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Alkenes can be used to make polymers such as poly(ethene) and poly(propene). In polymerisation
a)
reactions, many small molecules (monomers) join together to form very large molecules (polymers).
For example:
The properties of polymers depend on what they are made from and the conditions under which they are
b)
made. For example, lowdensity (LD) and highdensity (HD) poly(ethene) are produced using different
catalysts and reaction conditions.
Thermosoftening polymers consist of individual, tangled polymer chains with weak intermolecular forces
c)
between the chains.…read more

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Ethyl ethanoate is the ester produced from ethanol and ethanoic acid. Esters have the functional group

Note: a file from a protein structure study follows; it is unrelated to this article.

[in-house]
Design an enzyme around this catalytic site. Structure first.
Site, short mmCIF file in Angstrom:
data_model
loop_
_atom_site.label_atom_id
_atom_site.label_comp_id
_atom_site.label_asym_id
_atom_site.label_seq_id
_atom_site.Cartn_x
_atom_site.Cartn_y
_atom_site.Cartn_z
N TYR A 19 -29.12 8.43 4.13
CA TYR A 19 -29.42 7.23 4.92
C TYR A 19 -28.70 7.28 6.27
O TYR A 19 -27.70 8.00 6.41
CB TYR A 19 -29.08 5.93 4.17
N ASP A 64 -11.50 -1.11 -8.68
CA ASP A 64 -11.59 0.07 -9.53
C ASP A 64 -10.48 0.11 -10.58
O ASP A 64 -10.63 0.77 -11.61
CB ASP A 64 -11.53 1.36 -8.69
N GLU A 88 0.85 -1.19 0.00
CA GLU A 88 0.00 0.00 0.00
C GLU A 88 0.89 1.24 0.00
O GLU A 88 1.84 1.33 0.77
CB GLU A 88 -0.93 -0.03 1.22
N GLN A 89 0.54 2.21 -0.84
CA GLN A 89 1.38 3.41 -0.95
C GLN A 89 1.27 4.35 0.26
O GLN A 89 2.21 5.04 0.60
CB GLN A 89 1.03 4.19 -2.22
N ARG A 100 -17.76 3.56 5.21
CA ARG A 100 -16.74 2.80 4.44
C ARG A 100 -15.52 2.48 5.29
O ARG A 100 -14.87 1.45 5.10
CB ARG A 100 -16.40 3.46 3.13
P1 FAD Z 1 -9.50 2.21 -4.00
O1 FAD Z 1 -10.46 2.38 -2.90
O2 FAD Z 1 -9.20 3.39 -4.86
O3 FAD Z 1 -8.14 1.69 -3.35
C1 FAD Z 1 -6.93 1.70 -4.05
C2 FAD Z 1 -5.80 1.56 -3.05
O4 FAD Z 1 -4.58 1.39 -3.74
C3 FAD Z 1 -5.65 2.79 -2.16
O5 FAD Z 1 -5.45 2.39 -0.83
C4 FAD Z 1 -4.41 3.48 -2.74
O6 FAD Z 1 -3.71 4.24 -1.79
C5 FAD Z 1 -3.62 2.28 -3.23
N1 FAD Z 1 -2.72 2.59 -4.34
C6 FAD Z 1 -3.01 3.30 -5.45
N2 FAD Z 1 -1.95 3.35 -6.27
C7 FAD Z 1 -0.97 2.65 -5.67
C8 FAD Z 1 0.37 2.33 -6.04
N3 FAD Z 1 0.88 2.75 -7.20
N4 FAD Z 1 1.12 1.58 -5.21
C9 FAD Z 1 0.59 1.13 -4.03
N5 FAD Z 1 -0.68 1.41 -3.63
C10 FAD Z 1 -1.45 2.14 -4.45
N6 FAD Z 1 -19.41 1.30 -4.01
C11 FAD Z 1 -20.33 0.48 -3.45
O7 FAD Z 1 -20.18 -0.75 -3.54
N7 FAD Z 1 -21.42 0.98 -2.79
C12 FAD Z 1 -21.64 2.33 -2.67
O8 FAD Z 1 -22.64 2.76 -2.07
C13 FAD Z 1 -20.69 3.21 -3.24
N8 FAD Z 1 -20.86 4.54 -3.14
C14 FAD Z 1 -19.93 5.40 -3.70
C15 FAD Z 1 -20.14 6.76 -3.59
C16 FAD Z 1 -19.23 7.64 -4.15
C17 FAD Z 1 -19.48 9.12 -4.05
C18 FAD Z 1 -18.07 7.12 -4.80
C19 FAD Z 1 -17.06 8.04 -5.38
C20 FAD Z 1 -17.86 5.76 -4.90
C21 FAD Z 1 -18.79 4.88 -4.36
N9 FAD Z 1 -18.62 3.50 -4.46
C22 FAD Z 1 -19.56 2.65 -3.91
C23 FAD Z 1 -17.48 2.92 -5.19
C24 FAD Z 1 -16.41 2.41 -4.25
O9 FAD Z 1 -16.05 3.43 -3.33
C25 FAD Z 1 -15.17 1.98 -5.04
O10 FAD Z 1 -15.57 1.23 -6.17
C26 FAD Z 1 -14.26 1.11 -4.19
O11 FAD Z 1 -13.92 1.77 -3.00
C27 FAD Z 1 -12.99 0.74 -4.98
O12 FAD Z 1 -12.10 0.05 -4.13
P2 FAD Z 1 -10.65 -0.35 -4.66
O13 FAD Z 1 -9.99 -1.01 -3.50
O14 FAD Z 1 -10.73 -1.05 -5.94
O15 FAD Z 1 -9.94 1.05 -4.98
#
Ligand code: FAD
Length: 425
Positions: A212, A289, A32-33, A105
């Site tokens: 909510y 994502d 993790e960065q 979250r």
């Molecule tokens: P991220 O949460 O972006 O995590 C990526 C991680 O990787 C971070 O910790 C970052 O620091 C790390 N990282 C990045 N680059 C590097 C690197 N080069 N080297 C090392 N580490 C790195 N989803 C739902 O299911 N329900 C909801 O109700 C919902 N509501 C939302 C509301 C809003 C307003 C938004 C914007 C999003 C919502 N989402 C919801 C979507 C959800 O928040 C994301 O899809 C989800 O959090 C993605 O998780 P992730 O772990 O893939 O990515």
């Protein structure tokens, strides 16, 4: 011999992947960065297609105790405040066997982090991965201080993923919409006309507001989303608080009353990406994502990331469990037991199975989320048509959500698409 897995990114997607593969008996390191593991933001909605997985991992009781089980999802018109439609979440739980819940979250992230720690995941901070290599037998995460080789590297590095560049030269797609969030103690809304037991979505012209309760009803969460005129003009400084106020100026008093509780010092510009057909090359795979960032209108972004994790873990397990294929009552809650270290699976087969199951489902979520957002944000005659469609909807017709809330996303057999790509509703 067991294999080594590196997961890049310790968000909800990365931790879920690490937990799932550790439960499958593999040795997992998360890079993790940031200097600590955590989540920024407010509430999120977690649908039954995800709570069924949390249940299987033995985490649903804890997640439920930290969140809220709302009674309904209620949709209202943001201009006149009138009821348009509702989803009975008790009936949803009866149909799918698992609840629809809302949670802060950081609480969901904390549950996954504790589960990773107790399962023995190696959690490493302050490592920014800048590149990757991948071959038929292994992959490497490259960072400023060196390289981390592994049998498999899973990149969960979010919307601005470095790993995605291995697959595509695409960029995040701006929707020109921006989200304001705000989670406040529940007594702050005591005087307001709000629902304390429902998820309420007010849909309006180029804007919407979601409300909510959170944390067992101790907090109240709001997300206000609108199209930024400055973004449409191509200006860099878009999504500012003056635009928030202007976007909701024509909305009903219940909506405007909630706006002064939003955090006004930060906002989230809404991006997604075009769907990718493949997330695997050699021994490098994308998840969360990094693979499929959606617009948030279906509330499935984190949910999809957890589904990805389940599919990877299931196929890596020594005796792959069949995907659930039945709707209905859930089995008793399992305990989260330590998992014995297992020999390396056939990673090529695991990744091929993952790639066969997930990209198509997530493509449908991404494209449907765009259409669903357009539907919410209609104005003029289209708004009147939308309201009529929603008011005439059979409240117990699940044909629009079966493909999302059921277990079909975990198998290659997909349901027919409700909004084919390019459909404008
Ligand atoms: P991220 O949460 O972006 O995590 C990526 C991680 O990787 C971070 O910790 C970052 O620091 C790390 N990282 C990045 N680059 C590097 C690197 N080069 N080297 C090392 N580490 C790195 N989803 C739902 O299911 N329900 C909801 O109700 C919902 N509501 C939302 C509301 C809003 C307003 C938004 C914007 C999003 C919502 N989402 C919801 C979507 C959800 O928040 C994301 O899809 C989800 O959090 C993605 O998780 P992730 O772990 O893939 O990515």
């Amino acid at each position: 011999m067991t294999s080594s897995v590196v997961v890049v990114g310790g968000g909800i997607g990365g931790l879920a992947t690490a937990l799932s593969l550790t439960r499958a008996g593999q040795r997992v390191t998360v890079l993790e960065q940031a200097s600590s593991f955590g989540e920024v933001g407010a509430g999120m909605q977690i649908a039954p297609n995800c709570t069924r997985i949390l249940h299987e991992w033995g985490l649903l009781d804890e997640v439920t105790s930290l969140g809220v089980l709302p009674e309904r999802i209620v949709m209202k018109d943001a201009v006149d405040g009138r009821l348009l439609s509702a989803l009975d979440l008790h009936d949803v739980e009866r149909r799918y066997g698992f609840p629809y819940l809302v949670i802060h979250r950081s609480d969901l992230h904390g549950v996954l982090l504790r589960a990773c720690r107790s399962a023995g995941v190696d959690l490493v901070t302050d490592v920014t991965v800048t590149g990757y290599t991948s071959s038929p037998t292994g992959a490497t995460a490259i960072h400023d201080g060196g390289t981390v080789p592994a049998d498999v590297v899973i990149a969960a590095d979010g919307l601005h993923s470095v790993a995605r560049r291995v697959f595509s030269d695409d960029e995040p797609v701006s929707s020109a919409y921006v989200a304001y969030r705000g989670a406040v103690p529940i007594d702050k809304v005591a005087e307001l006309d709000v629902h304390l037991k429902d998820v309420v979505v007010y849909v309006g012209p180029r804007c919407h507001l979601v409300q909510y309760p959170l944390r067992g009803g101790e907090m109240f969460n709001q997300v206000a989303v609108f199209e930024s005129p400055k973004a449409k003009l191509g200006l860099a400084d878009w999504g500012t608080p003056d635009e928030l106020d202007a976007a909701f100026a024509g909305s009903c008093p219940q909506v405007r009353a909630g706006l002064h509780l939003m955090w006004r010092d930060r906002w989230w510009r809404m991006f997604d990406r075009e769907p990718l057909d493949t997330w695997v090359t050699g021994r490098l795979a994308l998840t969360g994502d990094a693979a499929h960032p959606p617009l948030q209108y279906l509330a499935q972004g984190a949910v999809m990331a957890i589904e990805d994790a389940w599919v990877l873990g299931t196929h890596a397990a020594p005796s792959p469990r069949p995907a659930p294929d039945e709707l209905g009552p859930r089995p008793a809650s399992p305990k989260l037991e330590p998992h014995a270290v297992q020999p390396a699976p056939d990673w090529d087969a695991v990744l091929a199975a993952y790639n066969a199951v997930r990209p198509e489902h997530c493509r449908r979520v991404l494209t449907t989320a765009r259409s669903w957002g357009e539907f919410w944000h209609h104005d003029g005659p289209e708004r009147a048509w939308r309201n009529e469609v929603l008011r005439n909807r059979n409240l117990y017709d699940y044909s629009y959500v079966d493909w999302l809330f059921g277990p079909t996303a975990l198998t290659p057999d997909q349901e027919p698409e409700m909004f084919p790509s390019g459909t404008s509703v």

a)
­COO­. The structures of esters can be represented in the following forms:
CH3COOCH2CH3 or
Esters are volatile compounds with distinctive smells and are used as flavourings and perfumes.
b)
Electrolysis
When an ionic substance is melted or dissolved
a)
in water, the ions are free to move about within
the liquid or solution.…read more

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Candidates should be aware that large amounts
of energy are needed in the extraction process.
The electrolysis of sodium chloride solution
j)
produces hydrogen and chlorine. Sodium
hydroxide solution is also produced. These are
important reagents for the chemical industry, eg
sodium hydroxide for the production of soap and
chlorine for the production of bleach and plastics.
Analysis of mixtures
A mixture consists of two or more elements or compounds not chemically combined together.…read more